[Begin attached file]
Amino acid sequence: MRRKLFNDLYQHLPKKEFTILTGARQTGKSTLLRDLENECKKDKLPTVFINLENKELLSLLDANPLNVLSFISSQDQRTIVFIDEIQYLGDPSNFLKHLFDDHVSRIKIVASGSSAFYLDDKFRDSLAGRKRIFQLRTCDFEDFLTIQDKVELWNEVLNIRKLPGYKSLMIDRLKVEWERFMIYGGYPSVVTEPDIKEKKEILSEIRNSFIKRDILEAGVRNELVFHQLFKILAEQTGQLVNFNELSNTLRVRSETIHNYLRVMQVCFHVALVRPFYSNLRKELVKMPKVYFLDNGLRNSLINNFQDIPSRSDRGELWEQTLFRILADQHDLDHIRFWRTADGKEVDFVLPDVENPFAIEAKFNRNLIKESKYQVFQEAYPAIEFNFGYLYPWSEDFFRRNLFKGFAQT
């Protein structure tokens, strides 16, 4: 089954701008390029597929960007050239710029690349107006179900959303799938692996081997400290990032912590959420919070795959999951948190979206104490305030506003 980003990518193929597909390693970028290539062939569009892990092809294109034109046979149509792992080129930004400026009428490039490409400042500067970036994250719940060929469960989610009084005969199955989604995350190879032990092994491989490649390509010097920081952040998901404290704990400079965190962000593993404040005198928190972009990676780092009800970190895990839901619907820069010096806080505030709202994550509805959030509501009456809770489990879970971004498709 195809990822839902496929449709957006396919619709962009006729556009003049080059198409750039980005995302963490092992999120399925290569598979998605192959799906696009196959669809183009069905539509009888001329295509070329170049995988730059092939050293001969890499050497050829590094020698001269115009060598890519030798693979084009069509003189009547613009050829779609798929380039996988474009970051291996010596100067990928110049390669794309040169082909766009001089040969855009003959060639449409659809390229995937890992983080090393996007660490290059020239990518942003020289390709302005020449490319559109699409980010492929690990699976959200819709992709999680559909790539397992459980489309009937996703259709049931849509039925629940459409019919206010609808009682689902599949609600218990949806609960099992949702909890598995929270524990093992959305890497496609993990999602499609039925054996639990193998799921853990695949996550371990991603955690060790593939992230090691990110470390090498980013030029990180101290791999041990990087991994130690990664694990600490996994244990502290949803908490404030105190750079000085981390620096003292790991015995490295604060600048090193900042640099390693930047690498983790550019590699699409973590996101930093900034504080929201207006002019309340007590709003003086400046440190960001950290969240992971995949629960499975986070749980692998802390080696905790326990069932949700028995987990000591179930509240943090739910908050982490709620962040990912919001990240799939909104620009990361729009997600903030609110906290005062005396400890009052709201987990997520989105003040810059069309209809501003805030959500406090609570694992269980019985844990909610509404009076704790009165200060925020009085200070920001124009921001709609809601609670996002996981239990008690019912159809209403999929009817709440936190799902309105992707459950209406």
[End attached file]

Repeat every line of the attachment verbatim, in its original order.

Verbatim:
Amino acid sequence: MRRKLFNDLYQHLPKKEFTILTGARQTGKSTLLRDLENECKKDKLPTVFINLENKELLSLLDANPLNVLSFISSQDQRTIVFIDEIQYLGDPSNFLKHLFDDHVSRIKIVASGSSAFYLDDKFRDSLAGRKRIFQLRTCDFEDFLTIQDKVELWNEVLNIRKLPGYKSLMIDRLKVEWERFMIYGGYPSVVTEPDIKEKKEILSEIRNSFIKRDILEAGVRNELVFHQLFKILAEQTGQLVNFNELSNTLRVRSETIHNYLRVMQVCFHVALVRPFYSNLRKELVKMPKVYFLDNGLRNSLINNFQDIPSRSDRGELWEQTLFRILADQHDLDHIRFWRTADGKEVDFVLPDVENPFAIEAKFNRNLIKESKYQVFQEAYPAIEFNFGYLYPWSEDFFRRNLFKGFAQT
């Protein structure tokens, strides 16, 4: 089954701008390029597929960007050239710029690349107006179900959303799938692996081997400290990032912590959420919070795959999951948190979206104490305030506003 980003990518193929597909390693970028290539062939569009892990092809294109034109046979149509792992080129930004400026009428490039490409400042500067970036994250719940060929469960989610009084005969199955989604995350190879032990092994491989490649390509010097920081952040998901404290704990400079965190962000593993404040005198928190972009990676780092009800970190895990839901619907820069010096806080505030709202994550509805959030509501009456809770489990879970971004498709 195809990822839902496929449709957006396919619709962009006729556009003049080059198409750039980005995302963490092992999120399925290569598979998605192959799906696009196959669809183009069905539509009888001329295509070329170049995988730059092939050293001969890499050497050829590094020698001269115009060598890519030798693979084009069509003189009547613009050829779609798929380039996988474009970051291996010596100067990928110049390669794309040169082909766009001089040969855009003959060639449409659809390229995937890992983080090393996007660490290059020239990518942003020289390709302005020449490319559109699409980010492929690990699976959200819709992709999680559909790539397992459980489309009937996703259709049931849509039925629940459409019919206010609808009682689902599949609600218990949806609960099992949702909890598995929270524990093992959305890497496609993990999602499609039925054996639990193998799921853990695949996550371990991603955690060790593939992230090691990110470390090498980013030029990180101290791999041990990087991994130690990664694990600490996994244990502290949803908490404030105190750079000085981390620096003292790991015995490295604060600048090193900042640099390693930047690498983790550019590699699409973590996101930093900034504080929201207006002019309340007590709003003086400046440190960001950290969240992971995949629960499975986070749980692998802390080696905790326990069932949700028995987990000591179930509240943090739910908050982490709620962040990912919001990240799939909104620009990361729009997600903030609110906290005062005396400890009052709201987990997520989105003040810059069309209809501003805030959500406090609570694992269980019985844990909610509404009076704790009165200060925020009085200070920001124009921001709609809601609670996002996981239990008690019912159809209403999929009817709440936190799902309105992707459950209406």